An annual report is a presentation of a business's financial data. It is often presented in graphs and charts as well as written paragraphs. It is also introduced by a letter from the company's owner or CEO that touches upon financial issues or difficulties the company might have had throughout the financial year, which are discussed in the report. To write a summary of the report, you need to fully understand the data so you can capture all of the main points being presented. The summary highlights these key points so the reader doesn't have to read the entire report.
Remind yourself of the definition of a summary. A summary presents the major elements discussed in the annual report. The goal is to list the key points discussed so the reader doesn't have to dig through the report for information.
Read through the entire annual report so you have a complete idea of what it entails. Do not start writing the summary as you read, as you might highlight the wrong points or leave out crucial details. Make a note every time a new idea or topic is introduced. Read it twice if you have to, and underline each point if necessary.
Compose two or three sentences that explain the purpose of the annual report. For example, write that the report illustrates the financial overview and status of the company and provides investors and shareholders with data about the company's earnings and spending.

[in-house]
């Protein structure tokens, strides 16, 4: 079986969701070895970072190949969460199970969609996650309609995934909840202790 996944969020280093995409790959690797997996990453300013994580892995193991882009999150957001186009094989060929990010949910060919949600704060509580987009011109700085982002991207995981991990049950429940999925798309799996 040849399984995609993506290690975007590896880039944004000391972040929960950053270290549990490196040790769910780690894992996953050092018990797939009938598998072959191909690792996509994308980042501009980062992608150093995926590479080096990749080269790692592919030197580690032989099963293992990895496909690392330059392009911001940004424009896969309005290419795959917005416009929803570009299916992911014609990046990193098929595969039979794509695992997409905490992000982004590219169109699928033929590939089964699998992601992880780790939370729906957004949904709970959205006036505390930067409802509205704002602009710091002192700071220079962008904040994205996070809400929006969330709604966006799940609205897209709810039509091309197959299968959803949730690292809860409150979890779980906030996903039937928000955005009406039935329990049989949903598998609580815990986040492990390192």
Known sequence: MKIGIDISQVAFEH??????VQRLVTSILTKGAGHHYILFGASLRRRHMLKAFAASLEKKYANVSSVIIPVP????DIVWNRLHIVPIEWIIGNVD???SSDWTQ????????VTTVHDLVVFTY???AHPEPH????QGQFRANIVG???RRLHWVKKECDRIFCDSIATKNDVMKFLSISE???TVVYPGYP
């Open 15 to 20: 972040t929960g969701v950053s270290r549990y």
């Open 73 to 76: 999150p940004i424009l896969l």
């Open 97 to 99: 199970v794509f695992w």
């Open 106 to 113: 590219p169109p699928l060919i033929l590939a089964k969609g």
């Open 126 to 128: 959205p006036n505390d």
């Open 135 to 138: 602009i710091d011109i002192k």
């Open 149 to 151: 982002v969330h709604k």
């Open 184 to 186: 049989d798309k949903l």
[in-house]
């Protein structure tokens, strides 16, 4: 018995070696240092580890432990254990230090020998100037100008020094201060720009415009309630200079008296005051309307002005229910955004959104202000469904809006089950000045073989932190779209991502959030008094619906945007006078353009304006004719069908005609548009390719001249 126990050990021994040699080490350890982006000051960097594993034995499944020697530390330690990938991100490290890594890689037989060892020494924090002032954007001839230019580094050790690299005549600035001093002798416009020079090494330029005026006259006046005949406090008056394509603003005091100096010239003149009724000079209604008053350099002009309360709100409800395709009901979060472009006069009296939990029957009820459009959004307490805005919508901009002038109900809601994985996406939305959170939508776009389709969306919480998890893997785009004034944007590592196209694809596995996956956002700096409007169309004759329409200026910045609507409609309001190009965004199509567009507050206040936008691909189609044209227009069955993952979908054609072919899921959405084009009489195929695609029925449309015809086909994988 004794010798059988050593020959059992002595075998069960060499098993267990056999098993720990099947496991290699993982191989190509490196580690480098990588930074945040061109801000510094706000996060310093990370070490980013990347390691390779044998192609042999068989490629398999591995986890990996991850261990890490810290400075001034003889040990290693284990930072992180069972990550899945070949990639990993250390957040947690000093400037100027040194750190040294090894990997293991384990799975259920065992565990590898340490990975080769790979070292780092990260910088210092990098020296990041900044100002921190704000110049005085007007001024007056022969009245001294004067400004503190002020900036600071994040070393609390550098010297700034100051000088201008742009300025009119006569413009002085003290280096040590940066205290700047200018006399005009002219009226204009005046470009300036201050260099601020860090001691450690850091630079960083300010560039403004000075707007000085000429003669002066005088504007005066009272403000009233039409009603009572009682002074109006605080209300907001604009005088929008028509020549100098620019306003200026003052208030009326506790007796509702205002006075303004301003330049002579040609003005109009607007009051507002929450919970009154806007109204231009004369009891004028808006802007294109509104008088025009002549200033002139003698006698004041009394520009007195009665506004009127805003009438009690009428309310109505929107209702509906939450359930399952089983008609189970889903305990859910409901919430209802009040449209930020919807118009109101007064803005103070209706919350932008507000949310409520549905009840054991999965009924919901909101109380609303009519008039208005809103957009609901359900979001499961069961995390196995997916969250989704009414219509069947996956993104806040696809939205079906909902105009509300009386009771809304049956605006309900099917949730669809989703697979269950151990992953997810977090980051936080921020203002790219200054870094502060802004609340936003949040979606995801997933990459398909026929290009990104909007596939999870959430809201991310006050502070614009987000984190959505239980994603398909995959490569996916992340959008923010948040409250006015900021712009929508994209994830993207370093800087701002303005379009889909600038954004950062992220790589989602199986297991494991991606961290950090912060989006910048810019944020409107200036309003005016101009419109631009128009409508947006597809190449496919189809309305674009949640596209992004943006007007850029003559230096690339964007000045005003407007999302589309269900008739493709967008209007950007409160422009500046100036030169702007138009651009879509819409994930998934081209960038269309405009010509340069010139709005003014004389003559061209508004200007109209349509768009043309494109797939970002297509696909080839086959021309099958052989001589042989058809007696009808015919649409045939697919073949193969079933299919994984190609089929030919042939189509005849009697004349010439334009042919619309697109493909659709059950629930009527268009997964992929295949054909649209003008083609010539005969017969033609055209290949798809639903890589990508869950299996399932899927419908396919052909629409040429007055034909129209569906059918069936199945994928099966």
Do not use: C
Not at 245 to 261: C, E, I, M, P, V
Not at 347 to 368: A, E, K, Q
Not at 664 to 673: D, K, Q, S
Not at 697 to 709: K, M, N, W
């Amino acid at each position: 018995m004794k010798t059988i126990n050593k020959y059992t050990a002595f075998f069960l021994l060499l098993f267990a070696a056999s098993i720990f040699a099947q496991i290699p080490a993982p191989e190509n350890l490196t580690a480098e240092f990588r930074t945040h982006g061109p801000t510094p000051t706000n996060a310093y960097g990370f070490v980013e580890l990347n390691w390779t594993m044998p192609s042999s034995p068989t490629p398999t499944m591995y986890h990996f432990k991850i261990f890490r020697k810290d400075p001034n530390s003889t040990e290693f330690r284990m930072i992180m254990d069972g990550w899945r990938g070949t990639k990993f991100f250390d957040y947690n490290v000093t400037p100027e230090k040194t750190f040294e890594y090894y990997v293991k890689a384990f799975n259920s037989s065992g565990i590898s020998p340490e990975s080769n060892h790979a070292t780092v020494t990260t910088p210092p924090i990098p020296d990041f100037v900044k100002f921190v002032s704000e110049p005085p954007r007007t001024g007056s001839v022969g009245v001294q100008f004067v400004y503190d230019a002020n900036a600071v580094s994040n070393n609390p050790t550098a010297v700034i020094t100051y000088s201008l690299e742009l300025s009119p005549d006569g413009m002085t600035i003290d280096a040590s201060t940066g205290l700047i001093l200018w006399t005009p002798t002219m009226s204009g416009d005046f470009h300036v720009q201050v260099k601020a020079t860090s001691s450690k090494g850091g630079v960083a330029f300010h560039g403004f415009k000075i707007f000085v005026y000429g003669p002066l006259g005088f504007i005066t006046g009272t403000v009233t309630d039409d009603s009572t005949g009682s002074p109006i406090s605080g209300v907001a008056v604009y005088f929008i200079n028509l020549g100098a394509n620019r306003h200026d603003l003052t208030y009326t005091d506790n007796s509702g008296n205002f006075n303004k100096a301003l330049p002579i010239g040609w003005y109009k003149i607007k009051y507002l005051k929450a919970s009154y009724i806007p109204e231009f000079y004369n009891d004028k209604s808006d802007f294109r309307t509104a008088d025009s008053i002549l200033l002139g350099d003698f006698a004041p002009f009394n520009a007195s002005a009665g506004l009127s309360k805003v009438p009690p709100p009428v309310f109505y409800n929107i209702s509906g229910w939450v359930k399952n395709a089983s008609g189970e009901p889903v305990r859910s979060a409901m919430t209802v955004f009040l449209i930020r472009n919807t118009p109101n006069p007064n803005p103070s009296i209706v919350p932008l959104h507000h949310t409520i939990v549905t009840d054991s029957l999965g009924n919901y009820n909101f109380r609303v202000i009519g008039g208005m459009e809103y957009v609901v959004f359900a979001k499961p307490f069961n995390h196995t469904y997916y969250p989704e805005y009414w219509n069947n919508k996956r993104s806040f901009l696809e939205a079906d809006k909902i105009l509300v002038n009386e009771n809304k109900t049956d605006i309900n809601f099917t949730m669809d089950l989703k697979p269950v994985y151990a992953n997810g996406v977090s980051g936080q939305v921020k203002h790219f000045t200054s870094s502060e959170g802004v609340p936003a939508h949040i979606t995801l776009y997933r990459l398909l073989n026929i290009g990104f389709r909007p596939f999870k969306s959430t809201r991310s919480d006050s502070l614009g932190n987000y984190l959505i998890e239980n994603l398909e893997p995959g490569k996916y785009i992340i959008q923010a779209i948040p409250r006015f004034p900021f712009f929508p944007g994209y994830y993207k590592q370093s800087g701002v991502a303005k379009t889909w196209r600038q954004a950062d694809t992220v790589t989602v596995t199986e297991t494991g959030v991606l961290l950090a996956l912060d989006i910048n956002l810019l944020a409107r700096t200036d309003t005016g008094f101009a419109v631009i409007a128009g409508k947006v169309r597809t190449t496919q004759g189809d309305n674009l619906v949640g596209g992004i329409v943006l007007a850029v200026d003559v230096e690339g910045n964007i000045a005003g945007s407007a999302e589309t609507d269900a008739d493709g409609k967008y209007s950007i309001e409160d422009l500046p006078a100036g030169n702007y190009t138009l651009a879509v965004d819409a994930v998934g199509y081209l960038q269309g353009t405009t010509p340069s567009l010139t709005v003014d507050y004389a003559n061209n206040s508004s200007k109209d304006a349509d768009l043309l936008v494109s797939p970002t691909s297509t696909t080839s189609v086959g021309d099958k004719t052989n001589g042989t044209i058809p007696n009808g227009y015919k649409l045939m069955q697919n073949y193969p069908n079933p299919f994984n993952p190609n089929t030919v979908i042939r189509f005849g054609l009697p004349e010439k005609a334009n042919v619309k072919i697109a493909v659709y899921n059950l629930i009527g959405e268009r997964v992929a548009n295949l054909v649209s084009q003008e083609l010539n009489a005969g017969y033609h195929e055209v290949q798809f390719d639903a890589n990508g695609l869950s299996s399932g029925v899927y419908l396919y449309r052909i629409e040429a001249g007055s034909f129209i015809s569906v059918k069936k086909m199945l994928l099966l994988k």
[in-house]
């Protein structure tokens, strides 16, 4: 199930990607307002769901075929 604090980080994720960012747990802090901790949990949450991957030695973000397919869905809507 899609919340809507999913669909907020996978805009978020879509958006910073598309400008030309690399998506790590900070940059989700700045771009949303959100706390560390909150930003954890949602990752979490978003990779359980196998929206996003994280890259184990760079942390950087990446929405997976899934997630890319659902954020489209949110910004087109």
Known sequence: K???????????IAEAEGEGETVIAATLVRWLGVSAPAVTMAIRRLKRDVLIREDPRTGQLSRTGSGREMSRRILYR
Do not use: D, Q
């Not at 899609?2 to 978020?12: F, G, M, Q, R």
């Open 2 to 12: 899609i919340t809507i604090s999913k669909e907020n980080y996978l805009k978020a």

Highlight the important points in the CEO's letter that was written as an introduction to the annual report. Interpret the information in the letter and write it in your own words. For example, while the CEO may focus on the positive achievements and barely touch on the negatives, you could mention that the CEO does not want to bring attention to the latter. Explain that the CEO avoids the negatives by highlighting and focusing on positive achievements.
Highlight the results of the important charts or data in the report. For example, instead of focusing on each asset mentioned in the report, add up all of the assets to get a sum. Include the long-term and short-term assets owned by the business. Do the same for the liabilities. The key point is whether the overall assets are greater than the overall liabilities for a positive net worth. Use the individual graphs or assets as examples.
Discuss the overall financial status of the company as presented in the annual report. This status is calculated by dividing the assets by the liabilities. A good status is when the assets are twice as big as the liabilities. Use the individual graphs in the report as examples.
Write a conclusion to the summary. The conclusion highlights the purpose of the annual report. Do not add your own thoughts, but use only the data presented in the report. If the business is not financially stable, use the report's income statements to show how the spending may not be suitable for the company's budget. Use data in the report as evidence to support your interpretive conclusion.
Based in Toronto, Mary Jane has been writing for online magazines and databases since 2002. Her articles have appeared on the Simon & Schuster website and she received an editor's choice award in 2009. She holds a Master of Arts in psychology of language use from the University of Copenhagen in Denmark.